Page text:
Coronapocalypse quarantine week 2. (Just call me Mellow Clementine.)

“How you feel right now + last thing you ate” –I’ve seen this coronavirus meme in several places on social media lately. According to my answer, my quarantine nickname is “Mellow Clementine.”

We’ve been talking to neighbors on our street – six feet between us – and the consensus is that it’s hard for people who are working from home to get motivated to work, because they’re sitting at home thinking about why they’re at home.

Then there are the people who talk loudly behind your back fence while you’re out there in your yard, and you hear one guy say to the other: “I got three weeks off from work, motherf*cker!” with emphatic glee.

I admired his upbeat attitude. If he’s also following the guidelines for everyone’s welfare (including his own), then he’s doing better than most of us. If we could all do the happy dance in the alley right now, right?

Something else random: the Body Pump workout I chose to do in the garage today included the Imagine Dragons song “Radioactive.” It’s a song that I’ve heard too often to appreciate anymore, but the lyrics really popped out today. Of course, the virus instantly came to mind, because it’s always right there. The first eight tracks of the workout provided a distraction as I focused on the muscle groups, and then I got down to the floor for the core track and the virus shimmered back to its glaring front-and-center position as the “Radioactive” lyrics came at me:

I’m waking up to ash and dust
I wipe my brow and I sweat my rust
I’m breathing in the chemicals

I’m breaking in, shaping up, then checking out on the prison bus
This is it, the apocalypse

I’m waking up, I feel it in my bones
Enough to make my system blow
Welcome to the new age, to the new age
…I’m radioactive, radioactive

I raise my flag and dye my clothes
It’s a revolution, I suppose
We’re painted red to fit right in

All systems go, the sun hasn’t died
Deep in my bones, straight from inside

Imagine Dragons’ front man has said that the song speaks to his battle with depression. It’s eerily fitting for the world right now.

I’m sorry to be a downer, guys. I set out to free-write, and this is what came out, so I went on with it. Then I heard the rushing sound of Callaghan’s blow-torch as he burned weeds in the front yard, so I opened my office blinds to take a pic of him. I’ll leave you with it so you can enjoy the whole experience of the writing of this post. (I got his permission to use the sneak pic, of course.)

 

Kill it with fire

 

I hope you’re staying safe. Happy Friday Eve, my friends.

~Mellow Clementine

 

 

Coron-apocalypse quarantine week 2. (COVID-19 dominates.)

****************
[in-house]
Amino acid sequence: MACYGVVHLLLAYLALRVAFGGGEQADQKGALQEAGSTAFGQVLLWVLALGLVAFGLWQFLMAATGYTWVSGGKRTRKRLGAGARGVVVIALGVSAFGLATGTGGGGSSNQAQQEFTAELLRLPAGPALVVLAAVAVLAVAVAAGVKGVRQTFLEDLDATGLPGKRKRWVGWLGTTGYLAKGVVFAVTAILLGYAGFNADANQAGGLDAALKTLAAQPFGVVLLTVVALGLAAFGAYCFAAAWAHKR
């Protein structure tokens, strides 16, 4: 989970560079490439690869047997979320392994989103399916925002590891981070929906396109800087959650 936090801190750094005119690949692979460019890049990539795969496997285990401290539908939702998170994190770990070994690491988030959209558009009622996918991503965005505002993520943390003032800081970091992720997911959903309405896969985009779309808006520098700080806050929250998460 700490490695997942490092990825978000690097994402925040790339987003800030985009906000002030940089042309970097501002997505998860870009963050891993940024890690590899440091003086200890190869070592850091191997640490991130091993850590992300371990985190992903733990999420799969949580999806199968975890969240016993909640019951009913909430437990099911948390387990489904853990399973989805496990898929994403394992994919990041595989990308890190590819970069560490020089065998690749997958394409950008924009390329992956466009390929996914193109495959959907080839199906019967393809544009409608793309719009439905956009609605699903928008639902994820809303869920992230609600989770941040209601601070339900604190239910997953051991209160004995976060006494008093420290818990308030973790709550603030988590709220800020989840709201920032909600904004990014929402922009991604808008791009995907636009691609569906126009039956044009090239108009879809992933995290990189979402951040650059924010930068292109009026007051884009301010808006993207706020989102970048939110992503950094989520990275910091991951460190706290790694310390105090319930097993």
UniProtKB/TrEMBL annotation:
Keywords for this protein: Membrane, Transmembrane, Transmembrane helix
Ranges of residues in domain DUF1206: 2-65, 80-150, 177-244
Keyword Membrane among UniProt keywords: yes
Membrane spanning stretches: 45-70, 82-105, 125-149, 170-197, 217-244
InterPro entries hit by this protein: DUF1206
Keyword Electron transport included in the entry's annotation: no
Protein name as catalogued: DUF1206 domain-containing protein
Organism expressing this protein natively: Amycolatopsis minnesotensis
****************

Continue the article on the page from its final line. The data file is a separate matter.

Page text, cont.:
I’m now referring to the practice of social distancing as “quarantining,” because that’s what the situation should be. If we all behave as if we have the virus, we won’t leave our homes unless 100% necessary. It’s crucial to stay home now more than ever. It’s a matter of life and death, and it’s horrifying to have to write that cliché of a phrase and mean it so literally on behalf of the entire world.

Callaghan’s staying home, along with everyone else at his place of employment. I’m staying home. We’re well-stocked with fresh fruits and veggies for the next week, and I’m so thankful for this. I wish that everyone could be so lucky.

It’s unbelievable how this virus is so pervasive and dominant in our lives. We don’t have to say “Coronavirus” or “COVID-19” anymore. It’s just “the virus,” no clarification needed.

As I did last week Tuesday, I connected with my shrink electronically this morning rather than in-person, because of the virus. We started with a brief chat about the virus, and then he clicked out to take a call from Michigan. During that call, he learned that his brother’s wife now has the virus… so his sister-in-law has the virus, and his brother has been exposed to the virus. It took four minutes and 45 seconds for the virus to kill our appointment, which was absolutely no loss to me, because I’m okay.

(It was my decision to cancel. He said he told his brother he’d call him back after his appointment with me, and I told him no, I’m okay, let’s cut our appointment for this week so you can call your brother back right now.)

I’m just so sad for him. I signed out with a feeling vaguely akin to survivor’s guilt, because in less than five minutes, I saw his world get personally blown up by the virus.

On a brighter note, Callaghan stepped outside on Sunday to find that someone had drawn an elaborate heart at the outside corner of our driveway. It seems that the artist(s) drew hearts on all the driveways in our neighborhood. They used cheerful pastel-colored chalks. I don’t think that the color shows up in the pic that I took, but you can imagine it:

 

Love from a stranger. [22 March 2020]

 

They signed it “H,” but they should have signed it “A,” for “angel.” It’s wonderful and comforting to see that love can spread as quickly from stranger to stranger as the virus.

I wish I could draw hearts at the corners of your driveways or doorsteps or stairs or whatever you have. You can imagine it.